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Ownership Crown Weighing Heavy? 10 Steps to Lighten the Load

Vic LevinsonBy Vic Levinson

“If you are not selling your business, you are buying it.” Over the past 23 years, I have seen more than my fair share of companies that have been bought, sold, merged or gone out of business. As our market changes, so too should your strategy, and there are certain criteria that any small agency, VAR or interconnect must keep in mind.

By the way, if you identified yourself in the previous sentence as an “interconnect,” read this advice extra carefully. Chances are you have explored a sale or have begun to think about your exit strategy.

When I started my business in 1993, it was all about selling equipment and labor. As the market evolved, selling carrier services became a profitable income stream. As technology has continued to change, seemingly at an ever-increasing rate, we have seen multiple streams of income appear — and sometimes disappear. Maintenance agreements, partnership plans or some other such retainer-based agreement have become necessary as part of a system sale, whereas before they were just a profitable revenue add-on. It is dynamic situation that is tied in with the complexity of the systems that we are installing. Today’s gear and software require constant attention to patches and upgrades.

In becoming a part of organization of like-minded firms, I have learned valuable lessons from my colleagues. Here are some of them:

  1. Use efficient standardized tools and processes in your business, from your accounting system to your IT business management platform. Know how to use them effectively so that you always have the information you need. Schedule time to review your numbers and make sure you understand what they mean. The adage “If you are not working on the business, you are working in the business” is true.
  2. We deal in relationships and information. Make sure that everyone in your organization is bound by an enforceable non-compete agreement. Check with a competent attorney who knows your state’s laws regarding non-competes. The only times I have been burned in this business have involved ex-employees who left under bad terms.
  3. Invest in your most vital asset: your employees. Despite a few bad apples, we have low turnover. Why? Because I take care of my team. We have an esprit de corps. I compensate them well. I know them personally — their spouses, their children, their grandchildren. We are constantly reviewing information (#1) to make sure that we are right-sized.
  4. Although we are fortunate to have a lot of great clients — some are truly “marquee” clients — we do not allow any of them to grow too large as a percentage of our total revenue or profitability. If something changes and one of them leaves, we are still okay.
  5. Although we work with a great master agent, we are always looking for multiple streams of residual income. That includes contractual relationships with vendors and clients. In fact, we have worked to develop our approach to sales to encourage residual income over one-time deals. We are loyal to our master agency, but we have also expanded our offerings to cover products and services that our master agency may not represent.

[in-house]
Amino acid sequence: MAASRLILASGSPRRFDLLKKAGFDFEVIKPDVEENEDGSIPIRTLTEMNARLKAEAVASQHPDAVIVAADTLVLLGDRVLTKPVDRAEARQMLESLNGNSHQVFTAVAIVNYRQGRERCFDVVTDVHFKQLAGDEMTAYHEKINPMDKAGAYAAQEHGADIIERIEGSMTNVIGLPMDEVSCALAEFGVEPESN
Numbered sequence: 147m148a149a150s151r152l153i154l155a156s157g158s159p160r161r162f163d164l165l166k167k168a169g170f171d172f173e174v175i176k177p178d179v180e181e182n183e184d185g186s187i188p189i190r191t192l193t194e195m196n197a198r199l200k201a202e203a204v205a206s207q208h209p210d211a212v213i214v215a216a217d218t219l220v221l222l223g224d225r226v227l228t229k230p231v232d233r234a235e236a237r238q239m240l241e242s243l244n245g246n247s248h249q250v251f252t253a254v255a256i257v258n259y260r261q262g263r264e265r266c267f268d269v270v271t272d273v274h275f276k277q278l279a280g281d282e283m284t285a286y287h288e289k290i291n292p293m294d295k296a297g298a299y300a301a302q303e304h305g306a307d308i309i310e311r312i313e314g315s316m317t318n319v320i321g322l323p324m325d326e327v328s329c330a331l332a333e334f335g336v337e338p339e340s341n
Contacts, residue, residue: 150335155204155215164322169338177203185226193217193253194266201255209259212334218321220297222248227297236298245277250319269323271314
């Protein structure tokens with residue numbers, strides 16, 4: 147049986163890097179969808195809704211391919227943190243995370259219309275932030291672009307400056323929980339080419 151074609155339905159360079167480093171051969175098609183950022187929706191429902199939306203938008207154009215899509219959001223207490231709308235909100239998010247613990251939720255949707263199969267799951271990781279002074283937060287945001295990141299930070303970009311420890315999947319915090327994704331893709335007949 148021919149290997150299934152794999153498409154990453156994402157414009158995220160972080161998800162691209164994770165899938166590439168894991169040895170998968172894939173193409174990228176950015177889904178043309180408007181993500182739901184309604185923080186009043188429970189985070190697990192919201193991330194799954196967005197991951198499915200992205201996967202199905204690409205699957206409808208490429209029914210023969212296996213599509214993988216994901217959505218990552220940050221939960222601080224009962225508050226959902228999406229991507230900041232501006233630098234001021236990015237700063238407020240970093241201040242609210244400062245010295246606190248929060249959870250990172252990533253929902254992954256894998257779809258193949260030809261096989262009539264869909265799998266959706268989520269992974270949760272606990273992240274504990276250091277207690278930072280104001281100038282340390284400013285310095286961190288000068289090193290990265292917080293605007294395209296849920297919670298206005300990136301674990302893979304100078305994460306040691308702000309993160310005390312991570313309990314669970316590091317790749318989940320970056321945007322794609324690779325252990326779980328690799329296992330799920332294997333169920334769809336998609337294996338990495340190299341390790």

6. Verify, verify, verify. We work with vendors and clients that we visit and get to know. We understand both sides, so we make sure that when we make a recommendation, we have the right solution with the right provider.
  7. I hate to say it, but sometimes the best deal you do is the one that you don’t do. That includes getting rid of unprofitable entities in our customer database. Just because someone bought a system from us 20 years ago, does not make them a client. A client is someone with whom we have a contractual arrangement and who pays their bills on time. Our clients don’t turn over as quickly when they are under a contract, and we can provide the best experience for them knowing that they are going to be with us for a long time.
  8. Schedule time for working, coaching, teaching and planning both solo and with your staff. This allows you to work on the business. Otherwise, you are working as just another employee and not as a leader. The more you work on vision and empowering your staff, the better you become as a leader. The difference is that your business should run whether you are there or not.
  9. Understand your numbers. Really, really understand them. What is profitable, what are your costs, who is producing and who is not?
  10. When you have done steps one through nine, think. Think real hard. Why are you special? What makes your company and your staff unique? What makes you different from your competition? Now, find a way to communicate that in everything that you do – in every blog, social media post, tag line, proposal — every type of customer-facing communication.

Here is the clincher: If you follow all of these steps, the result will be that you have built value into your business. If you have value in your business, you have something that other entities will want to buy. Then it is up to you: Do you sell your business or do you continue to own it? The choice is yours, and that option allows you to lighten the load of the crown you wear.

Founder and president of Prime Telecommunications, Vic Levinson has more than 20 years of industry experience as an interconnect and authorized reseller for Avaya and Allworx, hosted IP telephony solutions connectivity and cloud applications. He has been instrumental in setting up the channel marketing program for SNET Communications, a Chicago-based hosted IP telephony provider. He is also a member of the 2014-15 Channel Partners Advisory Board.


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